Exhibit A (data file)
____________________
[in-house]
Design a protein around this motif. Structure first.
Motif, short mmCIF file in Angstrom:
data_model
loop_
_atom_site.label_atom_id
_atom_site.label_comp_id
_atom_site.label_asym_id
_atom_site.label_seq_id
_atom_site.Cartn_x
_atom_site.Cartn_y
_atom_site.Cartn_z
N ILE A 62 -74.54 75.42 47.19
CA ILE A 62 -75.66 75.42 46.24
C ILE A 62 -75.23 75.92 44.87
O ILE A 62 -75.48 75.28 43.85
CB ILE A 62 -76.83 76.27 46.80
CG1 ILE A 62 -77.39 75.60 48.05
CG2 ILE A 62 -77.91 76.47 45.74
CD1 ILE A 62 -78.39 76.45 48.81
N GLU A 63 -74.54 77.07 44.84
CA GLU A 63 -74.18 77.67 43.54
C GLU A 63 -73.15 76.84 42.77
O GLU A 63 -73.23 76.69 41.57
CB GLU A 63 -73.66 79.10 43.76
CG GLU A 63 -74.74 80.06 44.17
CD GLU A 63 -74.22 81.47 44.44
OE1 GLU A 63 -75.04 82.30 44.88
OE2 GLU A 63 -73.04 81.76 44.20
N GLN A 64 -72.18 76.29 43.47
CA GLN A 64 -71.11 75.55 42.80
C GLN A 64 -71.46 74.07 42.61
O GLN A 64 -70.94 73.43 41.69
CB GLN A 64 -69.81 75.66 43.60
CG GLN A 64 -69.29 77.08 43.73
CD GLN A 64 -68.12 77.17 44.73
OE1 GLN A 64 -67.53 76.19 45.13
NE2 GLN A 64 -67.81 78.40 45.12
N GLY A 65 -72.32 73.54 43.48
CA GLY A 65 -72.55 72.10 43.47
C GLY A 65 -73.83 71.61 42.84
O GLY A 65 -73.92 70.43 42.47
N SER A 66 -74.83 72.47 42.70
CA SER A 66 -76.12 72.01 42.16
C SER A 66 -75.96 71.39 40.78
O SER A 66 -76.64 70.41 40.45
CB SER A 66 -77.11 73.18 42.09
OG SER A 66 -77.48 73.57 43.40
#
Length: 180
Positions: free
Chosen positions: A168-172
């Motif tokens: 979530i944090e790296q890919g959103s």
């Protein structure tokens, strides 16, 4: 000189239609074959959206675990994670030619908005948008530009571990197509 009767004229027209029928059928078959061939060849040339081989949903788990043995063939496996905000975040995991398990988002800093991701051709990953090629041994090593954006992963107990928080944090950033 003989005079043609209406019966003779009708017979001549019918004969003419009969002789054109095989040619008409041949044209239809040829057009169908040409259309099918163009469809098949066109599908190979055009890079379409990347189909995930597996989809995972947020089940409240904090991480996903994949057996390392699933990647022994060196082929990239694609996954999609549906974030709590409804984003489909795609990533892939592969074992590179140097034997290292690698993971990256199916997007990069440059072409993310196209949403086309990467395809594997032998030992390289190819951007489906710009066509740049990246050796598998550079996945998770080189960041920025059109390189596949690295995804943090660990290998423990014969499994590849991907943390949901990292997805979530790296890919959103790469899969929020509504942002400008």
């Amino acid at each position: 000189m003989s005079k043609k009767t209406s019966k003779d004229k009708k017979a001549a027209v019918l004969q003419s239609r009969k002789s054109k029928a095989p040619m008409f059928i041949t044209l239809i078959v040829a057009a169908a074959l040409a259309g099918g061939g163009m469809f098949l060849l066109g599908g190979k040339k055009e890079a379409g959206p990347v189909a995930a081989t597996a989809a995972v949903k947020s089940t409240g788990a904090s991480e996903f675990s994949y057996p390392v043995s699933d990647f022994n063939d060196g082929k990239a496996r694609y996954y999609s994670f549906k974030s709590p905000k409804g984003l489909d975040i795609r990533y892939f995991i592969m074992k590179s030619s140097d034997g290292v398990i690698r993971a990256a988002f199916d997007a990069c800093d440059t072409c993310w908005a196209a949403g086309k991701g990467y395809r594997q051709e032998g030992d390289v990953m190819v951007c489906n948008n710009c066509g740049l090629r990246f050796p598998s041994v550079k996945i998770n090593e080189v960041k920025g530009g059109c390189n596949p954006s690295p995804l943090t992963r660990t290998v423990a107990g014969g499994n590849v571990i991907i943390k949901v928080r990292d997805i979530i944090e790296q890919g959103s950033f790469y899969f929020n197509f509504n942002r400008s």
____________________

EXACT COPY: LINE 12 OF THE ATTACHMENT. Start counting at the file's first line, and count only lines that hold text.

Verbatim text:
_atom_site.Cartn_z